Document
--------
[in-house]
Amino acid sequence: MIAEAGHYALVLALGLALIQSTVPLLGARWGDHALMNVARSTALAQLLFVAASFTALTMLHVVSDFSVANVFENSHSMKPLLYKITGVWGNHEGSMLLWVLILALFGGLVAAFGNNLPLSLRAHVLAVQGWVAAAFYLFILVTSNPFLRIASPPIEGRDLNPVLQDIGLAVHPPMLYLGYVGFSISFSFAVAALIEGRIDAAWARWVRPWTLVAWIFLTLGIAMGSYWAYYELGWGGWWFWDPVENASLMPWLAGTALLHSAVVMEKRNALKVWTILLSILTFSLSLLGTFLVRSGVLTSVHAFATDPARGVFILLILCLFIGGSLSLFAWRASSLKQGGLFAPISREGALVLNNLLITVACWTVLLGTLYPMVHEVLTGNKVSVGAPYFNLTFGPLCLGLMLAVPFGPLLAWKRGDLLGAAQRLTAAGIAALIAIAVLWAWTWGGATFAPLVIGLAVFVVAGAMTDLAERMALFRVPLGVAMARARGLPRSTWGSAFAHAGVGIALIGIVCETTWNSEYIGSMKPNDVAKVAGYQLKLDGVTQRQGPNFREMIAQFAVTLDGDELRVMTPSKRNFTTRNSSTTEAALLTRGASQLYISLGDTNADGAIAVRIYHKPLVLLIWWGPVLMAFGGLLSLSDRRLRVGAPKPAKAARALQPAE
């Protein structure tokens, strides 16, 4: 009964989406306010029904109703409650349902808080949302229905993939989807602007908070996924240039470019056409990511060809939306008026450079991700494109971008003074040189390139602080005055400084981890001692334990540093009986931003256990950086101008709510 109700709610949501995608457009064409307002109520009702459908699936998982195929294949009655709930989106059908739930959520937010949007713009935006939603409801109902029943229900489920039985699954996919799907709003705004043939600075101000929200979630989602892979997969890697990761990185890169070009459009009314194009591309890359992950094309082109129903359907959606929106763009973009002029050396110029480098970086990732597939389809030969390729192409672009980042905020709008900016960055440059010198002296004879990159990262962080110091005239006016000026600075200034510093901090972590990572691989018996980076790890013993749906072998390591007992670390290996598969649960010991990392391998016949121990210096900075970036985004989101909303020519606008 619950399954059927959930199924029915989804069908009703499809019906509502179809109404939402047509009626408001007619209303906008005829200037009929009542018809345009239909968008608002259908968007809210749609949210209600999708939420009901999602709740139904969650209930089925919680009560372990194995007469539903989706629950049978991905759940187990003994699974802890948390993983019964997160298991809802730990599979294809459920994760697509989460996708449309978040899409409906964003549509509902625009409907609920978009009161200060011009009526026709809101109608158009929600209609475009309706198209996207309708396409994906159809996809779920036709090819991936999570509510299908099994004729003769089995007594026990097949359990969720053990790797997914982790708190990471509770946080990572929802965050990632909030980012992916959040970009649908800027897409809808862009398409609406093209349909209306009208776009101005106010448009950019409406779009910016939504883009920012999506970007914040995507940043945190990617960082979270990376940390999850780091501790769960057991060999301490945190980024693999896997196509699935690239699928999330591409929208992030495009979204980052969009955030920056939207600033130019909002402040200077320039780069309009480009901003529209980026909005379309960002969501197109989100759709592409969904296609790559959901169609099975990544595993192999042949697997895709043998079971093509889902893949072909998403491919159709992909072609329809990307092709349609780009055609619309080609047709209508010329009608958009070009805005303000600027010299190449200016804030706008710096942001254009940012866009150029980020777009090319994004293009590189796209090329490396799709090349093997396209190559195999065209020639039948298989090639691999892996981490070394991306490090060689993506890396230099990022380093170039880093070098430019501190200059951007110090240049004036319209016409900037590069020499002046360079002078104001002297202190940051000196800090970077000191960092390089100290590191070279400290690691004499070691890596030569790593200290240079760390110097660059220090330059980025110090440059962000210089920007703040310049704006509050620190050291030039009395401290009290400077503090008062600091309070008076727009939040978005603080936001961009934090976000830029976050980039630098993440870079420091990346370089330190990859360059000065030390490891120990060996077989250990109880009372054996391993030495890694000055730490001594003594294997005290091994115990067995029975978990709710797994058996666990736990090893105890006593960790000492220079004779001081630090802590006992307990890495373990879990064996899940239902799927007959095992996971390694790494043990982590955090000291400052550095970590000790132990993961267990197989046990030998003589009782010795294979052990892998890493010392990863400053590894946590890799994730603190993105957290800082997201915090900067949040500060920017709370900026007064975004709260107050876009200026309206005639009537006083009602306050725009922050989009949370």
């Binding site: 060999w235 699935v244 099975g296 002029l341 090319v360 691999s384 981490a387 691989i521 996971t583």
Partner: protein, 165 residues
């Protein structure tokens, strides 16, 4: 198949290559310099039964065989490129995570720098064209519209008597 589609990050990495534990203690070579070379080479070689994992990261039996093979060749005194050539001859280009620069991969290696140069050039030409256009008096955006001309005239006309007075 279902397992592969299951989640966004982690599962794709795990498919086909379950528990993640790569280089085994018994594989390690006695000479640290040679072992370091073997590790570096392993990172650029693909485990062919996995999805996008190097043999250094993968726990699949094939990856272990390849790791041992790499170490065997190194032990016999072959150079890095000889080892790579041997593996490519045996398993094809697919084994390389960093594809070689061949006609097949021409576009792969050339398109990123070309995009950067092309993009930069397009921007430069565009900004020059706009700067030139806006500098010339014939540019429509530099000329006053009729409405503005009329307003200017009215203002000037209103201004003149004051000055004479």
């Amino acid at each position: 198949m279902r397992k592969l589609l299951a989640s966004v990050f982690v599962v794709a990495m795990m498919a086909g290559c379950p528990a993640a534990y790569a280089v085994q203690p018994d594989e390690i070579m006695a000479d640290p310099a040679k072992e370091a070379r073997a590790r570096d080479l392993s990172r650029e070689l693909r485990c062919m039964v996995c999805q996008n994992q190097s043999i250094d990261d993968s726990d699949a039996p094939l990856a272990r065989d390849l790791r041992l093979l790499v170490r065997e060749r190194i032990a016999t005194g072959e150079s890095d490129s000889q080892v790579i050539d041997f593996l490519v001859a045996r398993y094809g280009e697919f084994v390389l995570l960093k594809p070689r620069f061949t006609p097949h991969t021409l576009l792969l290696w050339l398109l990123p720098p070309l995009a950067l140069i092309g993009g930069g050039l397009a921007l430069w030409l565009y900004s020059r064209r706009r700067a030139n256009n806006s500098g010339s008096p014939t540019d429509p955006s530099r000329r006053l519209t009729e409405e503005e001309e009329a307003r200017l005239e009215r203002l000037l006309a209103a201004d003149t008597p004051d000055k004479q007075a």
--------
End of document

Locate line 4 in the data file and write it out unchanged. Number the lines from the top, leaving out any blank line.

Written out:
């Binding site: 060999w235 699935v244 099975g296 002029l341 090319v360 691999s384 981490a387 691989i521 996971t583």